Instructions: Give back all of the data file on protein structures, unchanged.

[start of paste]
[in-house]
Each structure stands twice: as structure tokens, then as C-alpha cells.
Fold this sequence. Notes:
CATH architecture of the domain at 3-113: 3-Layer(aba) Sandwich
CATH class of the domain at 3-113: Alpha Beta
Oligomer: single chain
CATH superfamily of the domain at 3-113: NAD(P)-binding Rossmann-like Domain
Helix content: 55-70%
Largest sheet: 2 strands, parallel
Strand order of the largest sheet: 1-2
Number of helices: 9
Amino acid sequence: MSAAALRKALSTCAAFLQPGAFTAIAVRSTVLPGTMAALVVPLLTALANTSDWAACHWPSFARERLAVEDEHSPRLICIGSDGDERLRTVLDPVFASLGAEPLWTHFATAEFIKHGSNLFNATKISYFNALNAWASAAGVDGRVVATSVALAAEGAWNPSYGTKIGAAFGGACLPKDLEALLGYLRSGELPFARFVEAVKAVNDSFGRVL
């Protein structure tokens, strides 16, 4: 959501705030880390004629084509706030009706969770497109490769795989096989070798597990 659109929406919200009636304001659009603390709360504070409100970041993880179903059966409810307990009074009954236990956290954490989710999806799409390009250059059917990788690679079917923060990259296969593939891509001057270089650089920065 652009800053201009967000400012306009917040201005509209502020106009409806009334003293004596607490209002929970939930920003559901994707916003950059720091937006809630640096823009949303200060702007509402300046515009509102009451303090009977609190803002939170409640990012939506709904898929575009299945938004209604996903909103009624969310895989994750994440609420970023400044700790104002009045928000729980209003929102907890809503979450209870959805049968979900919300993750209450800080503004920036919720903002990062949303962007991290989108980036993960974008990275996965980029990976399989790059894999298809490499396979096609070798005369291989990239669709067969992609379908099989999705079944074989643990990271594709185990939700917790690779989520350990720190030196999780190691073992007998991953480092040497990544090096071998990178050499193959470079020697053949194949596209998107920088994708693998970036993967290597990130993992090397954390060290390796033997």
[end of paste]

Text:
[in-house]
Each structure stands twice: as structure tokens, then as C-alpha cells.
Fold this sequence. Notes:
CATH architecture of the domain at 3-113: 3-Layer(aba) Sandwich
CATH class of the domain at 3-113: Alpha Beta
Oligomer: single chain
CATH superfamily of the domain at 3-113: NAD(P)-binding Rossmann-like Domain
Helix content: 55-70%
Largest sheet: 2 strands, parallel
Strand order of the largest sheet: 1-2
Number of helices: 9
Amino acid sequence: MSAAALRKALSTCAAFLQPGAFTAIAVRSTVLPGTMAALVVPLLTALANTSDWAACHWPSFARERLAVEDEHSPRLICIGSDGDERLRTVLDPVFASLGAEPLWTHFATAEFIKHGSNLFNATKISYFNALNAWASAAGVDGRVVATSVALAAEGAWNPSYGTKIGAAFGGACLPKDLEALLGYLRSGELPFARFVEAVKAVNDSFGRVL
């Protein structure tokens, strides 16, 4: 959501705030880390004629084509706030009706969770497109490769795989096989070798597990 659109929406919200009636304001659009603390709360504070409100970041993880179903059966409810307990009074009954236990956290954490989710999806799409390009250059059917990788690679079917923060990259296969593939891509001057270089650089920065 652009800053201009967000400012306009917040201005509209502020106009409806009334003293004596607490209002929970939930920003559901994707916003950059720091937006809630640096823009949303200060702007509402300046515009509102009451303090009977609190803002939170409640990012939506709904898929575009299945938004209604996903909103009624969310895989994750994440609420970023400044700790104002009045928000729980209003929102907890809503979450209870959805049968979900919300993750209450800080503004920036919720903002990062949303962007991290989108980036993960974008990275996965980029990976399989790059894999298809490499396979096609070798005369291989990239669709067969992609379908099989999705079944074989643990990271594709185990939700917790690779989520350990720190030196999780190691073992007998991953480092040497990544090096071998990178050499193959470079020697053949194949596209998107920088994708693998970036993967290597990130993992090397954390060290390796033997």